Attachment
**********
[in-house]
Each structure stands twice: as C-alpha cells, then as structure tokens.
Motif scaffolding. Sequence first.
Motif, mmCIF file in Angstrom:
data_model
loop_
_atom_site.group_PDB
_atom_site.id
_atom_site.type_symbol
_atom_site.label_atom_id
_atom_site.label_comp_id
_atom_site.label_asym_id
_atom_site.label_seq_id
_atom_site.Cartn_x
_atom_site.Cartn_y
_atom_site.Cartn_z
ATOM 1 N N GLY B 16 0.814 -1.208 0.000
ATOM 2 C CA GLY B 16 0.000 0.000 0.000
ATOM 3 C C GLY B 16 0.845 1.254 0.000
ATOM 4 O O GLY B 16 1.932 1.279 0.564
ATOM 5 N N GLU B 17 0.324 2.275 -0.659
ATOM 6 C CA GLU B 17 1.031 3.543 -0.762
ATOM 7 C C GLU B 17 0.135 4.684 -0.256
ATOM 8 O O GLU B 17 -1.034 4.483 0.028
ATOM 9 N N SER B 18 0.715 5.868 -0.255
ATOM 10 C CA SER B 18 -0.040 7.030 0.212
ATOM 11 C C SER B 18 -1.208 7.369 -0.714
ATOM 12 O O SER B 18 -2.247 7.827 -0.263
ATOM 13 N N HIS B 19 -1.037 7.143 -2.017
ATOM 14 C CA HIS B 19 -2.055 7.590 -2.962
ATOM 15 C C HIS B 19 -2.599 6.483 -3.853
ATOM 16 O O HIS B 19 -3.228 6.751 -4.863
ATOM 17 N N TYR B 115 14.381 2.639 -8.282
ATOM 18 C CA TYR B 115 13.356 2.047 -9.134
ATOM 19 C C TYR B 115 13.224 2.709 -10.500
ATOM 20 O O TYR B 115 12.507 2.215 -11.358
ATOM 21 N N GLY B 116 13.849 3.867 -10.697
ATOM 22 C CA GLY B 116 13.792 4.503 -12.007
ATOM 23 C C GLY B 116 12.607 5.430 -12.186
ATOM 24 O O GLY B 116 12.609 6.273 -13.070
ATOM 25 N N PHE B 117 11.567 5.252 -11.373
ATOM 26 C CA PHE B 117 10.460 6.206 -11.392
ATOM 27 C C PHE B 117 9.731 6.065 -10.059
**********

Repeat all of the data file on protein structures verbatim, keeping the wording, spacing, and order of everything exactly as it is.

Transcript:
[in-house]
Each structure stands twice: as C-alpha cells, then as structure tokens.
Motif scaffolding. Sequence first.
Motif, mmCIF file in Angstrom:
data_model
loop_
_atom_site.group_PDB
_atom_site.id
_atom_site.type_symbol
_atom_site.label_atom_id
_atom_site.label_comp_id
_atom_site.label_asym_id
_atom_site.label_seq_id
_atom_site.Cartn_x
_atom_site.Cartn_y
_atom_site.Cartn_z
ATOM 1 N N GLY B 16 0.814 -1.208 0.000
ATOM 2 C CA GLY B 16 0.000 0.000 0.000
ATOM 3 C C GLY B 16 0.845 1.254 0.000
ATOM 4 O O GLY B 16 1.932 1.279 0.564
ATOM 5 N N GLU B 17 0.324 2.275 -0.659
ATOM 6 C CA GLU B 17 1.031 3.543 -0.762
ATOM 7 C C GLU B 17 0.135 4.684 -0.256
ATOM 8 O O GLU B 17 -1.034 4.483 0.028
ATOM 9 N N SER B 18 0.715 5.868 -0.255
ATOM 10 C CA SER B 18 -0.040 7.030 0.212
ATOM 11 C C SER B 18 -1.208 7.369 -0.714
ATOM 12 O O SER B 18 -2.247 7.827 -0.263
ATOM 13 N N HIS B 19 -1.037 7.143 -2.017
ATOM 14 C CA HIS B 19 -2.055 7.590 -2.962
ATOM 15 C C HIS B 19 -2.599 6.483 -3.853
ATOM 16 O O HIS B 19 -3.228 6.751 -4.863
ATOM 17 N N TYR B 115 14.381 2.639 -8.282
ATOM 18 C CA TYR B 115 13.356 2.047 -9.134
ATOM 19 C C TYR B 115 13.224 2.709 -10.500
ATOM 20 O O TYR B 115 12.507 2.215 -11.358
ATOM 21 N N GLY B 116 13.849 3.867 -10.697
ATOM 22 C CA GLY B 116 13.792 4.503 -12.007
ATOM 23 C C GLY B 116 12.607 5.430 -12.186
ATOM 24 O O GLY B 116 12.609 6.273 -13.070
ATOM 25 N N PHE B 117 11.567 5.252 -11.373
ATOM 26 C CA PHE B 117 10.460 6.206 -11.392
ATOM 27 C C PHE B 117 9.731 6.065 -10.059